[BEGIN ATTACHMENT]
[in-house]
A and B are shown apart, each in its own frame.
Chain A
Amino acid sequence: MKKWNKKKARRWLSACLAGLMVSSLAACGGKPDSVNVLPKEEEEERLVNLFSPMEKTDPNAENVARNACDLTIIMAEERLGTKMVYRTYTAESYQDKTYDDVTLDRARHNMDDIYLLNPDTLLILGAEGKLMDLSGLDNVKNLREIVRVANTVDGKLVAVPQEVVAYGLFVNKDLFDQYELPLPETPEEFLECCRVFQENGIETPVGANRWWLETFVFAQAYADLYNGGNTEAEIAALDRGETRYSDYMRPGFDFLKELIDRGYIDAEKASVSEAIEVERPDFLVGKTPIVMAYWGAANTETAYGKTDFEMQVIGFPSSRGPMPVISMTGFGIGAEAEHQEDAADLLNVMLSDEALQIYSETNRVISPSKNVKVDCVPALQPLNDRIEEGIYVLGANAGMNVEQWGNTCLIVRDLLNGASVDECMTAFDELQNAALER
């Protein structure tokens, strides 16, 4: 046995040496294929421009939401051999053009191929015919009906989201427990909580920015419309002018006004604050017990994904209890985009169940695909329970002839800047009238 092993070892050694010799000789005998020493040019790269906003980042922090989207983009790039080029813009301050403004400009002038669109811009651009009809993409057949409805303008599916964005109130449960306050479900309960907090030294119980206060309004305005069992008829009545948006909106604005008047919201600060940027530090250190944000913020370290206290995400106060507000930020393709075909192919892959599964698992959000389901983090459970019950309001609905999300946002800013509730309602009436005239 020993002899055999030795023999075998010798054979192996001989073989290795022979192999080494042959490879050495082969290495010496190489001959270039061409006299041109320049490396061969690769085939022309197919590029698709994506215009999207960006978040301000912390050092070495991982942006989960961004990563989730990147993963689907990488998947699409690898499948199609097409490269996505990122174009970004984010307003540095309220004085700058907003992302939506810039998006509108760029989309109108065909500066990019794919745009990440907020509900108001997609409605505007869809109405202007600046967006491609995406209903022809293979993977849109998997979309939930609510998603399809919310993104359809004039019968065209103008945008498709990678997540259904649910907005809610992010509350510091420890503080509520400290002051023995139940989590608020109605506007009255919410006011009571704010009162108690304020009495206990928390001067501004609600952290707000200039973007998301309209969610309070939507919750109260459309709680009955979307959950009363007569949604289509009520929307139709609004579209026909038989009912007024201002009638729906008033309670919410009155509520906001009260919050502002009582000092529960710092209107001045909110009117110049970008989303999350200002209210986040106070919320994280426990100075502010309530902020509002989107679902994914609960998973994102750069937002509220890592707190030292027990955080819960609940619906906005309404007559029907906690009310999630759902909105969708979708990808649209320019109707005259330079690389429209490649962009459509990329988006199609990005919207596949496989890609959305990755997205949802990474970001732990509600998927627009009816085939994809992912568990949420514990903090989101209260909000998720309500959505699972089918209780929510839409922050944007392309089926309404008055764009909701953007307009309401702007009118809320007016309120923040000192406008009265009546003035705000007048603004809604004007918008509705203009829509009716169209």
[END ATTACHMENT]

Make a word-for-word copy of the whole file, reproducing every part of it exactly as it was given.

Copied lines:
[in-house]
A and B are shown apart, each in its own frame.
Chain A
Amino acid sequence: MKKWNKKKARRWLSACLAGLMVSSLAACGGKPDSVNVLPKEEEEERLVNLFSPMEKTDPNAENVARNACDLTIIMAEERLGTKMVYRTYTAESYQDKTYDDVTLDRARHNMDDIYLLNPDTLLILGAEGKLMDLSGLDNVKNLREIVRVANTVDGKLVAVPQEVVAYGLFVNKDLFDQYELPLPETPEEFLECCRVFQENGIETPVGANRWWLETFVFAQAYADLYNGGNTEAEIAALDRGETRYSDYMRPGFDFLKELIDRGYIDAEKASVSEAIEVERPDFLVGKTPIVMAYWGAANTETAYGKTDFEMQVIGFPSSRGPMPVISMTGFGIGAEAEHQEDAADLLNVMLSDEALQIYSETNRVISPSKNVKVDCVPALQPLNDRIEEGIYVLGANAGMNVEQWGNTCLIVRDLLNGASVDECMTAFDELQNAALER
């Protein structure tokens, strides 16, 4: 046995040496294929421009939401051999053009191929015919009906989201427990909580920015419309002018006004604050017990994904209890985009169940695909329970002839800047009238 092993070892050694010799000789005998020493040019790269906003980042922090989207983009790039080029813009301050403004400009002038669109811009651009009809993409057949409805303008599916964005109130449960306050479900309960907090030294119980206060309004305005069992008829009545948006909106604005008047919201600060940027530090250190944000913020370290206290995400106060507000930020393709075909192919892959599964698992959000389901983090459970019950309001609905999300946002800013509730309602009436005239 020993002899055999030795023999075998010798054979192996001989073989290795022979192999080494042959490879050495082969290495010496190489001959270039061409006299041109320049490396061969690769085939022309197919590029698709994506215009999207960006978040301000912390050092070495991982942006989960961004990563989730990147993963689907990488998947699409690898499948199609097409490269996505990122174009970004984010307003540095309220004085700058907003992302939506810039998006509108760029989309109108065909500066990019794919745009990440907020509900108001997609409605505007869809109405202007600046967006491609995406209903022809293979993977849109998997979309939930609510998603399809919310993104359809004039019968065209103008945008498709990678997540259904649910907005809610992010509350510091420890503080509520400290002051023995139940989590608020109605506007009255919410006011009571704010009162108690304020009495206990928390001067501004609600952290707000200039973007998301309209969610309070939507919750109260459309709680009955979307959950009363007569949604289509009520929307139709609004579209026909038989009912007024201002009638729906008033309670919410009155509520906001009260919050502002009582000092529960710092209107001045909110009117110049970008989303999350200002209210986040106070919320994280426990100075502010309530902020509002989107679902994914609960998973994102750069937002509220890592707190030292027990955080819960609940619906906005309404007559029907906690009310999630759902909105969708979708990808649209320019109707005259330079690389429209490649962009459509990329988006199609990005919207596949496989890609959305990755997205949802990474970001732990509600998927627009009816085939994809992912568990949420514990903090989101209260909000998720309500959505699972089918209780929510839409922050944007392309089926309404008055764009909701953007307009309401702007009118809320007016309120923040000192406008009265009546003035705000007048603004809604004007918008509705203009829509009716169209």